DPAC at Maidenhead

As regular readers will know, I seldom travel outside London simply to photograph events, the main exception recently being a number of visits to Yarl’s Wood for the protests their about immigration detention. But when Disabled People Against Cuts (DPAC) announced they were going to protest at Maidenhead, I added that to my diary.

‘Please Sir, I want some more’ and a lunchbox – May was promising to replace free school lunches with a 7p breakfast

Maidenhead is the constituency of Prime Minister Theresa May, and the General Election she had called was only a few days away. The disabled have suffered most from the Tory cuts since 2010; DPAC say Tory polices are heartless and are starving, isolating and ultimately killing the disabled and that they regard them as unproductive members of society, a sentiment recently stated rather clearly by the Chancellor, Philip Hammond. They also point out that a UN investigation has found the UK guilty of grave and systematic violations of disabled people’s human rights – though of course that verdict was rejected by the Conservative government.

Maidenhead is also not very far from where I live, a part of the true blue London fringe of wealth tax avoidance and complacency (though my particular area is rather more down-market, but electorally swamped by its neighbours.) I could have gone there by bicycle, mostly a pleasant ride of around 13 miles along towpath and various tracks with just a little on main roads, or slightly faster by keeping to the roads, and it was a nice day. But it was rather hot and I was feeling lazy and decided to take the bus – or rather two buses – which was only a little slower.

Buses still exist but are neither frequent nor very liable in these outer areas, and the service to Maidenhead from Windsor was roughly hourly in the main part of the day. And should there be problems I could always return – if rather slowly and expensively by train. By three trains (and a short walk between stations!) Most of those taking part in the protest had a much shorter journey than me with a fast and direct service from London Paddington, and they met up with local protesters to march from the station.

The bus journey to Maidenhead proved a little more difficult that expected, when my bus arrived at a different stop to that shown on-line, I think thanks to a one-way system, and a quick look on my phone showed I needed to be a quarter of a mile away in two minutes. I made it, somewhat out of breath, and the second bus was seven minutes late in arriving. Things came more or less to time on the way home, and the schedule meant I had 19 minutes to make the change – and from the same stop. All would have been fine had I not reached into my pocket for my phone when I arrived home and found it missing – I must have left it on the second bus.

I was able to confirm this, tracking its progress on my computer as it slowly made its way back to the depot at Slough, with nobody answering my calls. But the software enabled me to put a message on to it with my phone number, and I was relieved an hour or so later to get a call from the driver to tell me he had found it and it would be in the depot at Slough where I could collect it the next working day – Monday.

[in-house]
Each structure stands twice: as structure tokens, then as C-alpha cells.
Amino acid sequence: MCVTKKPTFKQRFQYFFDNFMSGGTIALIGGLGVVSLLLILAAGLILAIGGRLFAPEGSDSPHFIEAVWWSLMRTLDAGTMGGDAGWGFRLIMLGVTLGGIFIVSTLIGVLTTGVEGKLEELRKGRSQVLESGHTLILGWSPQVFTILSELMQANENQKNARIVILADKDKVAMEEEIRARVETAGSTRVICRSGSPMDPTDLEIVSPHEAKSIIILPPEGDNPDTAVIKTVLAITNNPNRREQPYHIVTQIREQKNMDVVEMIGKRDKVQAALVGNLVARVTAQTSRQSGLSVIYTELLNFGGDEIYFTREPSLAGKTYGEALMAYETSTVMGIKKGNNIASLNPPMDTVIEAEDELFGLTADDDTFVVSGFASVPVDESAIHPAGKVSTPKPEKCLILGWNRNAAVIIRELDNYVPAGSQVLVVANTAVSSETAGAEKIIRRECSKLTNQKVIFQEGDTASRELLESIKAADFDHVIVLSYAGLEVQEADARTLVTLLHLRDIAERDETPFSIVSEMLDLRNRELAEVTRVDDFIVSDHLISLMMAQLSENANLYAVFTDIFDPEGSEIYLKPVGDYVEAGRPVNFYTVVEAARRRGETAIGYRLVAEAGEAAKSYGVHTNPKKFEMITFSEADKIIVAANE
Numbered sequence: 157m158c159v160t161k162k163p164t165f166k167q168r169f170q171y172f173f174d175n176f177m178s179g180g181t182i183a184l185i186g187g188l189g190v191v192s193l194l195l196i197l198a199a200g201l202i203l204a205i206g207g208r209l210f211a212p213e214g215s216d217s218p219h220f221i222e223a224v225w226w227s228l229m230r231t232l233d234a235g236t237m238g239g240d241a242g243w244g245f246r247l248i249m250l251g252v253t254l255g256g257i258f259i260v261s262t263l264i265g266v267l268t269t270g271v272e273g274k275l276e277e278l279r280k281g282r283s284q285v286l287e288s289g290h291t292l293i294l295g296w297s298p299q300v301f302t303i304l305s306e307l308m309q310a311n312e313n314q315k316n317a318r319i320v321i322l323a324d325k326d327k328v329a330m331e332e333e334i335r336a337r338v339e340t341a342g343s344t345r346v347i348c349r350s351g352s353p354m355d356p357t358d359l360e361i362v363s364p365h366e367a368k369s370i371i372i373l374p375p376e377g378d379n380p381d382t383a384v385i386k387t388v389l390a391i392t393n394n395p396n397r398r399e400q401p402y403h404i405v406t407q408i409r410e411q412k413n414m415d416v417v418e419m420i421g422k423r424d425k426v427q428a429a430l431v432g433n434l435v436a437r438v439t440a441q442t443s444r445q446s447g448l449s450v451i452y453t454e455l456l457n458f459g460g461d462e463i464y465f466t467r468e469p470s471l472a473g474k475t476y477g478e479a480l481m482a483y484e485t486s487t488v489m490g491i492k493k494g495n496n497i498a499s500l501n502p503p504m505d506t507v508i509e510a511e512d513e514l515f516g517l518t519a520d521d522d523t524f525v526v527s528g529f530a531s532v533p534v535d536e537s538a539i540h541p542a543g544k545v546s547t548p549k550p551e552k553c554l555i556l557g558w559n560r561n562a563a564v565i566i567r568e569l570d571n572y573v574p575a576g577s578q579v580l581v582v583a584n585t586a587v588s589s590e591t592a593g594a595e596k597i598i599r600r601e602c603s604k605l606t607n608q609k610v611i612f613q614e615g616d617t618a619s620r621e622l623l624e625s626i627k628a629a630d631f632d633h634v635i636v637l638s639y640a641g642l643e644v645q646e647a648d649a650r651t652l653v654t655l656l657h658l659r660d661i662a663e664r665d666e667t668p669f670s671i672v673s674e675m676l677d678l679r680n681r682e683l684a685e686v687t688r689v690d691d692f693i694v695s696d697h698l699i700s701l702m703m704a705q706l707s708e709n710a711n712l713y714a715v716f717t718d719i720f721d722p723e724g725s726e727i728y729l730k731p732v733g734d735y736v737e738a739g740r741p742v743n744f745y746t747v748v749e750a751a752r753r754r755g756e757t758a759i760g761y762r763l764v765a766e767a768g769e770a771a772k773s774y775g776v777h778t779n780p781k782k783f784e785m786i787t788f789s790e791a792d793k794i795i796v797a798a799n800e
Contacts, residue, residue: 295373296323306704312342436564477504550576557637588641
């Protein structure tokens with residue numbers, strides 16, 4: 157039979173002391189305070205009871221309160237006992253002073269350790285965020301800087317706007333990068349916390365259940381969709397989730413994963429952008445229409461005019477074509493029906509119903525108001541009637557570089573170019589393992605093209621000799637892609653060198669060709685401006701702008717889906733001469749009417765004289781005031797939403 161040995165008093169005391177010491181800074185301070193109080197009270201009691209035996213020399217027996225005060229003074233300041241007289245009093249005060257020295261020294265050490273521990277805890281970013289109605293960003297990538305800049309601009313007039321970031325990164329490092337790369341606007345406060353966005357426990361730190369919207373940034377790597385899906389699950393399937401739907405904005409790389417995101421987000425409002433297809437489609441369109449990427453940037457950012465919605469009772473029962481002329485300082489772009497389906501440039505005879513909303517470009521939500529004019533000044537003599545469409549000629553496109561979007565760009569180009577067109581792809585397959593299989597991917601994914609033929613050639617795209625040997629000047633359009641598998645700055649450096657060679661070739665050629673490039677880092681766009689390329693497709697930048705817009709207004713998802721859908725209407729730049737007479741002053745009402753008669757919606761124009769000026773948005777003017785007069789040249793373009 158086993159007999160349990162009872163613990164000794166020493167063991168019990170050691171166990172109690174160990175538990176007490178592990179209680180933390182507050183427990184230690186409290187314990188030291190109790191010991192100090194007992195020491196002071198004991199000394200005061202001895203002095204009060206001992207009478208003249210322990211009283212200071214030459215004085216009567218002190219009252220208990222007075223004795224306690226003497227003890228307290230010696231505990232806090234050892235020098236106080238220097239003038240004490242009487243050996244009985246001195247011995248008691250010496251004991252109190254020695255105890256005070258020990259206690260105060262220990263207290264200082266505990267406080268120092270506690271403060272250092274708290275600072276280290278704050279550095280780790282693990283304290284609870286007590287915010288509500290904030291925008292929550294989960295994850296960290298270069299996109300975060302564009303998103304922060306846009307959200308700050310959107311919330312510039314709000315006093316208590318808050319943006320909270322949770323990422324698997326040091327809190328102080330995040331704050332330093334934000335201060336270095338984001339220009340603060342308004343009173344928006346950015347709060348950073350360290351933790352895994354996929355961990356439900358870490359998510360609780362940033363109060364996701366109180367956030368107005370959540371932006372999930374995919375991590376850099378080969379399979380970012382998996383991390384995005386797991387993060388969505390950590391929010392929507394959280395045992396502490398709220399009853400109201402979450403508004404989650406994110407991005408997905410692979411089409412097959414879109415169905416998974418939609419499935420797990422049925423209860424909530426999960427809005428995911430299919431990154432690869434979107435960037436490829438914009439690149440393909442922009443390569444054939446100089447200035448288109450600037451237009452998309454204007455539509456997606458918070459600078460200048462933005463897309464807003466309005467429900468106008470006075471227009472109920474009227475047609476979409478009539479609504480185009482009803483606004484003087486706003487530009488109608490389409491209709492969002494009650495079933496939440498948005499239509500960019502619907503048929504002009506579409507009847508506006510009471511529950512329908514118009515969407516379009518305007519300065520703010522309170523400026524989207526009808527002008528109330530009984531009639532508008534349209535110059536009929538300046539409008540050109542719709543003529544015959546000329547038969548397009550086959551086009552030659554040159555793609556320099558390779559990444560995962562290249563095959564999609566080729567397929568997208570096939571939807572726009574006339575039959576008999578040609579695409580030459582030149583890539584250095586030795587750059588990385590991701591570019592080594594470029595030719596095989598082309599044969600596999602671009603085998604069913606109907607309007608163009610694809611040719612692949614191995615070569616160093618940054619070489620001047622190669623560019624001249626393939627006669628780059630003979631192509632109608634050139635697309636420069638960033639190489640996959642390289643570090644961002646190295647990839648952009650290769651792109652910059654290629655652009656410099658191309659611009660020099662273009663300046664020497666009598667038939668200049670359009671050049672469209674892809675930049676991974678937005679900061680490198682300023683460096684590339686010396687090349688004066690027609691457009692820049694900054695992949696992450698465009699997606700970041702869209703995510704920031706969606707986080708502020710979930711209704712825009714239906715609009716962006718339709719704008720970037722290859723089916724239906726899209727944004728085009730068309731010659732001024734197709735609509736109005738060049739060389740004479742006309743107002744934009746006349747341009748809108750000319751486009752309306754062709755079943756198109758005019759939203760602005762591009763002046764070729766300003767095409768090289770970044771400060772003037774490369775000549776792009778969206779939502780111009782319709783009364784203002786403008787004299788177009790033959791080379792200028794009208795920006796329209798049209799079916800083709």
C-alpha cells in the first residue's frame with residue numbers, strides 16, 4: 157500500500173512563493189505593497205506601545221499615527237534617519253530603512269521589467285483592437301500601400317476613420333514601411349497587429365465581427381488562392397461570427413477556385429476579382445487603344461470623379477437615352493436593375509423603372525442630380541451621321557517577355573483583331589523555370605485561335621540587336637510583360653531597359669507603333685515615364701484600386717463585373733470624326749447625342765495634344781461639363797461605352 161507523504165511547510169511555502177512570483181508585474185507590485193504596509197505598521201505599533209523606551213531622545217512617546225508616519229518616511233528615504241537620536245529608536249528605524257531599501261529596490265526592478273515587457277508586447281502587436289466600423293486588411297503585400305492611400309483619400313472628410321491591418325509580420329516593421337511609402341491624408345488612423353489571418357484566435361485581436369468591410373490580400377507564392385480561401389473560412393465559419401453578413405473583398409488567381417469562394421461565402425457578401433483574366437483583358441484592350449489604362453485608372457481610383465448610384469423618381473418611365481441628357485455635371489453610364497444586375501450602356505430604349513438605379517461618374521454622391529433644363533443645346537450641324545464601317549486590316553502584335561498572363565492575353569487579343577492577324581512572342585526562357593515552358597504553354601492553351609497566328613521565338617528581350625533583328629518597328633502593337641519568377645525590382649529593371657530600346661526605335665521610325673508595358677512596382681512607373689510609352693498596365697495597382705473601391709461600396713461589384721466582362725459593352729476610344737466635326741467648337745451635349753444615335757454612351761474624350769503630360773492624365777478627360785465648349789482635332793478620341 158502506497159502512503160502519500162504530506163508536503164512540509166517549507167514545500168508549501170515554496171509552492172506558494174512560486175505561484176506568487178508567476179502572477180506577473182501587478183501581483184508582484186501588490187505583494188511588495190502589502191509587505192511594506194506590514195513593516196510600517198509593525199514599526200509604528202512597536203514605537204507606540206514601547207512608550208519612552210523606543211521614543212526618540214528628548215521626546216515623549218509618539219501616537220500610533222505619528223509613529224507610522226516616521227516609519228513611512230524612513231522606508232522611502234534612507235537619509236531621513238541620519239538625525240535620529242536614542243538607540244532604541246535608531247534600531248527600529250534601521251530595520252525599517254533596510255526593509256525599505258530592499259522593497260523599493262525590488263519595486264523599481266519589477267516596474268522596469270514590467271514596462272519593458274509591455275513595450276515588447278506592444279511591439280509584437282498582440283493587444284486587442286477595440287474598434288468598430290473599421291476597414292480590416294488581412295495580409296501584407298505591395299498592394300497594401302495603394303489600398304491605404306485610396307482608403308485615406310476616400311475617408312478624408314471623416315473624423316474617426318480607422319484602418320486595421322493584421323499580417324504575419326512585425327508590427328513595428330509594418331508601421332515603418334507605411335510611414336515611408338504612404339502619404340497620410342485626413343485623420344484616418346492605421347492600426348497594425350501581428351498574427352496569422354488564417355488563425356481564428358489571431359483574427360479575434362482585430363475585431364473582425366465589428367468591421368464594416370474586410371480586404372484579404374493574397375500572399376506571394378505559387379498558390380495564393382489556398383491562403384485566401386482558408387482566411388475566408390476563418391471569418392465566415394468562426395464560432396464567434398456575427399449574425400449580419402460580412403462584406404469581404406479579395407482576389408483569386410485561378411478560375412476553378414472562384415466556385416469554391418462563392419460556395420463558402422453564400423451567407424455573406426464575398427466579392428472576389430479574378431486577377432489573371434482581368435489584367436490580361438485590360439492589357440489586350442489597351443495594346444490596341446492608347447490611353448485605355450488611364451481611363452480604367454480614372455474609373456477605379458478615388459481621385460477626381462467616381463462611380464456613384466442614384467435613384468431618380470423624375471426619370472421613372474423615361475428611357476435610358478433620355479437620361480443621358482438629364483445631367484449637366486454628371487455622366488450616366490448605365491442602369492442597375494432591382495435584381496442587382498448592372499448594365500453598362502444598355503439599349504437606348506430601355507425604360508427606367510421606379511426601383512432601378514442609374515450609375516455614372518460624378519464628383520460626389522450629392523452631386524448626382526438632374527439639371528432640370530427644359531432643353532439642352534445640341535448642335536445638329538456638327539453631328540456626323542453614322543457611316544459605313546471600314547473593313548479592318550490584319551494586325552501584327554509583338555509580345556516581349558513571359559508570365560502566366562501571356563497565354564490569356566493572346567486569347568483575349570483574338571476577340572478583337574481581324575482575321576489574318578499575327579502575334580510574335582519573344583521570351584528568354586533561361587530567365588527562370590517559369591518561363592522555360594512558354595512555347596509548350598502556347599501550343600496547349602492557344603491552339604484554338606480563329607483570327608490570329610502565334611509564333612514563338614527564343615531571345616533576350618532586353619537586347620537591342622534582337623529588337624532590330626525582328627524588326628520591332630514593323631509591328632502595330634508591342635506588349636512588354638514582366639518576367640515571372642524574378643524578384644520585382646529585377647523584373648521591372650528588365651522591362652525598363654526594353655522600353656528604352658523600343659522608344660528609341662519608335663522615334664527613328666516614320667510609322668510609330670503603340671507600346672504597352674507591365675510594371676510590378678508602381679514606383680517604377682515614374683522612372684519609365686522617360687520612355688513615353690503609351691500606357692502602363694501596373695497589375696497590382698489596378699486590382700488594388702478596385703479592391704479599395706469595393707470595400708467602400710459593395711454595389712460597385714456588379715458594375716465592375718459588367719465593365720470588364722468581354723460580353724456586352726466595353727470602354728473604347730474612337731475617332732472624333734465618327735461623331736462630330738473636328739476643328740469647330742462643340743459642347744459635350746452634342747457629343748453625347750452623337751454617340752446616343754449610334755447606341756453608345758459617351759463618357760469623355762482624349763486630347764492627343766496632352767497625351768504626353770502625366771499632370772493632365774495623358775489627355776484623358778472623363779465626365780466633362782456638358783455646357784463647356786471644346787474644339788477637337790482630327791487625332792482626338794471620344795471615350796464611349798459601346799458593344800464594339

This time I did get on my bike, though it was a rather cooler and windy day with the odd spot of rain in the air, and was pleased to get to Slough rather faster than the bus would have taken me (it does go a rather longer way round) and relieved to get my phone back in one piece.

There were no problems in photographing the protest, though it was rather less lively than some by DPAC, and there were relatively few Maidenhead residents in the pedestrian area outside the shopping centre where the police suggested was the best place to protest (and I think they were probably right.) After the protest they marched back to the station where they had met, and a couple of photographers who had travelled by train from London left. I stayed on because I was sure something would happen.

Most of the police had left too, and the protesters then turned around and as I expected, blocked the road at a busy junction close to the station. The police were soon back and trying to persuade them to leave, with rather less patience than the Met usually show.

Police were a little mystified when one of the protesters identified himself as identified himself as General William Taggart of the NCA and claimed the law gave the military privilege a right to block roads in times of national emergencies such as these, but they shortly decided to argue with DPAC’s Paula Peters instead, threatening her with arrest unless she got off the road. Slowly the protesters moved off the road having blocked it for around 15 minutes, and the last were just leaving as I walked away to try to find the bus stop for my bus that was due shortly. Fortunately it was a few minutes late as the stop was not quite where Google marked it and not in the street it was named after.

Theresa May of course won comfortably in her constituency, though her share of the vote was down very slightly at 64.8%; the Labour vote was up 7.5% but still under 20% and even the Lib Dems gained slightly to get 11.2%. The remaining ten candidates shared a little over 4%.

DPAC Trash The Tories in Maidenhead


There are no adverts on this site and it receives no sponsorship, and I like to keep it that way. But it does take a considerable amount of my time and thought, and if you enjoy reading it, a small donation – perhaps the cost of a beer – would be appreciated.

My London Diary : Buildings of London : River Lea/Lee Valley : London’s Industrial Heritage

All photographs on this and my other sites, unless otherwise stated, are taken by and copyright of Peter Marshall, and are available for reproduction or can be bought as prints.

To order prints or reproduce images


Leave a Reply

You must be logged in to post a comment.